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## Physics Basic Questions: Level MS

B 6.

Draw the currenttime graph and voltagetime graph for charging and discharging a capacitor.

Solution:

## Section 5.3.5 (Page-98) B 7.

Draw a diagram of a simple power supply and explain briefly the role of each component.

Solution:

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## Physics Basic Questions: Level MS

A simple power supply consists of the following parts: 1. 2. 3. Step-down transformer (earthed and fused): Steps down the a.c. voltage. Bridge rectifier: converts a.c. into pulsating d.c. Capacitor: Smoothens pulsating d.c. into continuous d.c.

Section 5.4.4 (Page-110) BG 8. Explain how the transistor acts as an amplifier and as a switch. Solution:

Transistor as an amplifier: When a small current passes through the base b, it will permit a much larger current to pass through from the collector c to the emitter e. The current Ic is controlled by the current Ib and the ratio Ic / Ib is constant for a given transistor. However, if the transistor is fully ON, Ic becomes independent of the current Ib. Transistor as a switch: The transistor can be switched ON and OFF depending on the value of the input voltage Vin. If Vin < 0.6 V the base-emitter diode does not conduct, no current flows into the base and hence no current flows in neither collector nor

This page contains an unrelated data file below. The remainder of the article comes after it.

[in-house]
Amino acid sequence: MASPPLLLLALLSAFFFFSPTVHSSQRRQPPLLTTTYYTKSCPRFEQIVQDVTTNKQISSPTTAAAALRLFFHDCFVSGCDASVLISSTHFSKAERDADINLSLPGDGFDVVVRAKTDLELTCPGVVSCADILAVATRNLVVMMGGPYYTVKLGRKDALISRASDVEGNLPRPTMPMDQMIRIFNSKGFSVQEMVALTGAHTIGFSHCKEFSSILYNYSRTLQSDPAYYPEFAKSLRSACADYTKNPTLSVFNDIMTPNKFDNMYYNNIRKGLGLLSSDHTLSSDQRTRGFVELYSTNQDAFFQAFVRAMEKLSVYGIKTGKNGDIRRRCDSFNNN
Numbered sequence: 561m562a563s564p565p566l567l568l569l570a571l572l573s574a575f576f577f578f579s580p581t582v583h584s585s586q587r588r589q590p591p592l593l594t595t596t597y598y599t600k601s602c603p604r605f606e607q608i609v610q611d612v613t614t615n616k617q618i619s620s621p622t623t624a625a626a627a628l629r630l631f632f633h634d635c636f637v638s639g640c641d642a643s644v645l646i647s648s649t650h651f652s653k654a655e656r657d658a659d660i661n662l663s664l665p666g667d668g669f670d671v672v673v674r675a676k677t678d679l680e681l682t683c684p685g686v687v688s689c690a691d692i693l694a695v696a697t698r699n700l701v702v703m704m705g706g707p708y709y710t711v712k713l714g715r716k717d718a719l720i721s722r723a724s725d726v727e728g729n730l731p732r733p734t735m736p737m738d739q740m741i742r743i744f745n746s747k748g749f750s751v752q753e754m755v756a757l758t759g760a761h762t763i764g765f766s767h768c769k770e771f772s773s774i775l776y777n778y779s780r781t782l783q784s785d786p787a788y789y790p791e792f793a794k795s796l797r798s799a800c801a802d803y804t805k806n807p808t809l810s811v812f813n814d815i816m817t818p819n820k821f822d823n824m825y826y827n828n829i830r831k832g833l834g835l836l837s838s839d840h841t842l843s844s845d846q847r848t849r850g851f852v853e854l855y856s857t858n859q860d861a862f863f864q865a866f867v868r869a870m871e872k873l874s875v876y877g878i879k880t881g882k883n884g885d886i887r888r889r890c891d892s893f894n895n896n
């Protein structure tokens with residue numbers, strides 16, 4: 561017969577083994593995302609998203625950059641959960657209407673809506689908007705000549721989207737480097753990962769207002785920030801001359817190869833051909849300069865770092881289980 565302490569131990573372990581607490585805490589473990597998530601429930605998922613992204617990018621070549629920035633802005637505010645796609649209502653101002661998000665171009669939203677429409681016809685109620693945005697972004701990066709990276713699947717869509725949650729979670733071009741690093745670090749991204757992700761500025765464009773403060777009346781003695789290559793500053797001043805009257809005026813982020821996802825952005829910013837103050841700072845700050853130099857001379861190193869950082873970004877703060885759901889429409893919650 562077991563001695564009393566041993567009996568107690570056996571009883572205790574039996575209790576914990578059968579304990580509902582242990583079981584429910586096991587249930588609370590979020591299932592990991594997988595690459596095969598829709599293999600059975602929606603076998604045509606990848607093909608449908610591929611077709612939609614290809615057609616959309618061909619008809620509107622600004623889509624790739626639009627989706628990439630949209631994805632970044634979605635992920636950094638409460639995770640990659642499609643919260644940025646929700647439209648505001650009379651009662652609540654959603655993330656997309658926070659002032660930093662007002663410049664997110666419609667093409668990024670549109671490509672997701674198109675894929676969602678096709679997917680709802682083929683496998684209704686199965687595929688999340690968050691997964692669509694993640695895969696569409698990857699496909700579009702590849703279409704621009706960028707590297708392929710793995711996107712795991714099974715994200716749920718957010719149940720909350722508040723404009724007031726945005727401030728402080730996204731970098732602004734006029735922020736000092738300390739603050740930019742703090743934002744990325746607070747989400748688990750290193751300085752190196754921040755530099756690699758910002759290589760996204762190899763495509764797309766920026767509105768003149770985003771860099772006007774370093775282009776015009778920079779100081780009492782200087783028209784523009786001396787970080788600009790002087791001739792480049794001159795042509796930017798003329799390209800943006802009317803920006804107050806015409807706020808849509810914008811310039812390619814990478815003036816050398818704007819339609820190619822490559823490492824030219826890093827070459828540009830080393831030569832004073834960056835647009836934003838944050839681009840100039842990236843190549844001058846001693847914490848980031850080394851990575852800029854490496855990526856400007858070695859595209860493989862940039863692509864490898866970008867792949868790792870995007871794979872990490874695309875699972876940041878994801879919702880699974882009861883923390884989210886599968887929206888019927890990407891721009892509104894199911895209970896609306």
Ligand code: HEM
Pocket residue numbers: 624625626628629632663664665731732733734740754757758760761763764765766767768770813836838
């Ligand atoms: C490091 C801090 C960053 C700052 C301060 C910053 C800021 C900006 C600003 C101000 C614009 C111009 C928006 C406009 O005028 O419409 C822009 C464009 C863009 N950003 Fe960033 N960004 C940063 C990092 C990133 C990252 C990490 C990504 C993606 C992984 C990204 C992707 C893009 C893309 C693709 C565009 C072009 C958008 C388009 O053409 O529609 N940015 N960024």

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Physics Basic Questions: Level MS the emitter; thus the transistor is switched OFF. If Vin > 0.6 V a current Ib starts flowing into the base. The voltage Vcc causes a current Ic to start flowing into the collector and the transistor will be switched ON.

Section 5.5.1(Page-114) BG 9.
G (a) What is a thermistor.

Solution:

## A thermistor is a resistor whose resistance decreases with increasing temperature.

(b) Draw a graph showing the variation of resistance with Celsius temperature for a thermistor.